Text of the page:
Commentary Type

Invited Commentary


Kujala (2017) reviews a topic of major relevance for the understanding of the special dog-human relationship: canine emotions (as seen through human social cognition). This commentary draws attention to the communication of emotions within such a particular social context. It highlights challenges that need to be tackled to further advance research on emotional communication, and it calls for new avenues of research. Efforts to disentangle emotional processes from cognitive functioning might be necessary to better comprehend how they contribute, alone and/or in combination, to the communication of emotions. Also, new research methods need to be developed to account for the rich sensory repertoire of dogs, likely involved in emotional communication.

Author Biography

Juliane Bräuer is a researcher at the University of Jena and the Max-Planck-Institute for the Science of Human History. Her research area is Comparative Psychology and she is especially interested in investigating the cognitive skills that different species – particularly dogs – have evolved to survive in their ecological niche. Her research topics include communication, cooperation, perception and individual differences.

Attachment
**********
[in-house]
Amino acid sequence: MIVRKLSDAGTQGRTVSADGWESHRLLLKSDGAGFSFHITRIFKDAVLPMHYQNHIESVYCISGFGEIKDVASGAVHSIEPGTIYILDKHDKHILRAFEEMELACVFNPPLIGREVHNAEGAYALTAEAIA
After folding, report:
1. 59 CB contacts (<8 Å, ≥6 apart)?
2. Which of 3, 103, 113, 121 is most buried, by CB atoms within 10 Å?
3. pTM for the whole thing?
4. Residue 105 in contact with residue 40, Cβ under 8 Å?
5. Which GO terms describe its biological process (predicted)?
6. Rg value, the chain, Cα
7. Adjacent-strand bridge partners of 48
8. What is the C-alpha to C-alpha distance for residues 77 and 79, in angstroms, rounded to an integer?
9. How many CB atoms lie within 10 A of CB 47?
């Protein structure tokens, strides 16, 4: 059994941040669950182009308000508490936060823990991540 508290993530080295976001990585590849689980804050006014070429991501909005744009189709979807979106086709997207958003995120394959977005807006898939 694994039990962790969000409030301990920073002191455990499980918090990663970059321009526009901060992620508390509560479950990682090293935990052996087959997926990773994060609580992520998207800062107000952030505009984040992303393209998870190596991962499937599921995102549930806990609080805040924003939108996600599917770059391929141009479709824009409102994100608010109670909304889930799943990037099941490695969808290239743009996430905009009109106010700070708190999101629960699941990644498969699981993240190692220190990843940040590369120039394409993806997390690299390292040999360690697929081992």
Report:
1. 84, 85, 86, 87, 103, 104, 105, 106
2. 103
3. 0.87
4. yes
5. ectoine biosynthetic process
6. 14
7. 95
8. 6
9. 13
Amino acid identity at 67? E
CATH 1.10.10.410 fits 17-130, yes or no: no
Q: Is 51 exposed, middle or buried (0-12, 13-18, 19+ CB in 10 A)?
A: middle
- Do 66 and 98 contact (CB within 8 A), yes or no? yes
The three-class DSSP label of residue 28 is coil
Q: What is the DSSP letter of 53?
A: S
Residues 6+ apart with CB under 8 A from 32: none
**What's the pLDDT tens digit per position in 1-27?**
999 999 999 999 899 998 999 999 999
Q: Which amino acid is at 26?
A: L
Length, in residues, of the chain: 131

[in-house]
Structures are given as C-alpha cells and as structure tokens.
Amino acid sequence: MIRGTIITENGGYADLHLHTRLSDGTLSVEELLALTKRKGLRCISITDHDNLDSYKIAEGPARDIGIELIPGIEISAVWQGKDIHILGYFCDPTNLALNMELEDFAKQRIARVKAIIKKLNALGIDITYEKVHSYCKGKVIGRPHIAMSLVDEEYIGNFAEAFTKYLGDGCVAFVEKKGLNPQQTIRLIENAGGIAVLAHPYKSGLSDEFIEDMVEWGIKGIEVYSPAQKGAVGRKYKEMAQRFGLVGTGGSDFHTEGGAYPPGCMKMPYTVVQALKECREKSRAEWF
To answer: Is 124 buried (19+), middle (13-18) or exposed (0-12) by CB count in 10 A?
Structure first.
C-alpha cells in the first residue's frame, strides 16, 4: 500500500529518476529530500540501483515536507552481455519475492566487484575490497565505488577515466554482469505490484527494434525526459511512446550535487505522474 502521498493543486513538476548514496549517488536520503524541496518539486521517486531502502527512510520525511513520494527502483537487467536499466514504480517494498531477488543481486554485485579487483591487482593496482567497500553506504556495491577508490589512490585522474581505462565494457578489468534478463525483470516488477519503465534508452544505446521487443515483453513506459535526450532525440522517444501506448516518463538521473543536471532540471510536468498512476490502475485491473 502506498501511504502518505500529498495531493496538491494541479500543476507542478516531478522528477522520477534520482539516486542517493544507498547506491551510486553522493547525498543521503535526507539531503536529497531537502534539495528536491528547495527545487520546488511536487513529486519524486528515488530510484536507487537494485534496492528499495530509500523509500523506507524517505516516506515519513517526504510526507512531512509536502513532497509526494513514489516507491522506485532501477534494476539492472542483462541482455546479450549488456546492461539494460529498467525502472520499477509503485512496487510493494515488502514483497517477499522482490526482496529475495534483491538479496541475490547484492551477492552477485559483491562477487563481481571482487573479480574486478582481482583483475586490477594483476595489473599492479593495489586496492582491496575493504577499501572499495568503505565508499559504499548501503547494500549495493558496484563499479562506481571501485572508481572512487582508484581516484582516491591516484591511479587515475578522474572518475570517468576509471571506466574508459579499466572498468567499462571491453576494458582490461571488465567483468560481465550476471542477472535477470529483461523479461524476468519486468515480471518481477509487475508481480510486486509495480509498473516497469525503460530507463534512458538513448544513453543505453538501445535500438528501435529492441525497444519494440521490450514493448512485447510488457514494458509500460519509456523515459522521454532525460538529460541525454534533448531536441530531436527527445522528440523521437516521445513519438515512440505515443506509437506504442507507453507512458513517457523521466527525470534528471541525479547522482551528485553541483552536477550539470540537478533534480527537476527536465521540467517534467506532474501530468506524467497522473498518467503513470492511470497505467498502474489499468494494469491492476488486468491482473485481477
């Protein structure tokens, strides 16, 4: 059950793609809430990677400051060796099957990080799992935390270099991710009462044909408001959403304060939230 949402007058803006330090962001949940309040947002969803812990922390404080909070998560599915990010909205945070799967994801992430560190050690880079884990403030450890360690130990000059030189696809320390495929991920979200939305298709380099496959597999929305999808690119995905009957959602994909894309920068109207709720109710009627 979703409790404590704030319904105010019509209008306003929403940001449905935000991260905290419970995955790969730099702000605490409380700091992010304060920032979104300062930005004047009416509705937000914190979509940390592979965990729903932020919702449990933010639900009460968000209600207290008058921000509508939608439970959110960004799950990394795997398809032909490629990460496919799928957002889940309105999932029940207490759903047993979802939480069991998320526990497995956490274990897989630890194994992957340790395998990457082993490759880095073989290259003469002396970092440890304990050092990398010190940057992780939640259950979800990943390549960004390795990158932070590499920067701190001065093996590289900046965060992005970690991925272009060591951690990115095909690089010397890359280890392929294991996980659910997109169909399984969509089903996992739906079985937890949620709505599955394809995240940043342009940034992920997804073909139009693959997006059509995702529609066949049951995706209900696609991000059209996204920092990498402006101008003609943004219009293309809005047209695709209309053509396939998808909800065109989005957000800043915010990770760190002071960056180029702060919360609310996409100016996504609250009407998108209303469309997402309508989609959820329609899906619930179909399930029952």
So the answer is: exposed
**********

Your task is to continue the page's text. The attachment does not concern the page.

Karine Silva holds a Ph.D. in Biology and is currently working as a post-doctoral researcher in the field of Anthrozoology at the Institute of Biomedical Sciences Abel Salazar of the University of Porto. She is especially interested in determining whether positive, emotional, interactions with dogs may promote health improvements, notably for social dysfunctions.


Stefan R. Schweinberger is Professor of General Psychology at the University of Jena. His research is on the cognitive neuroscience of person perception, recognition by face and voice, human interaction processes, and the brain mechanisms, individual differences and disorders associated with these abilities.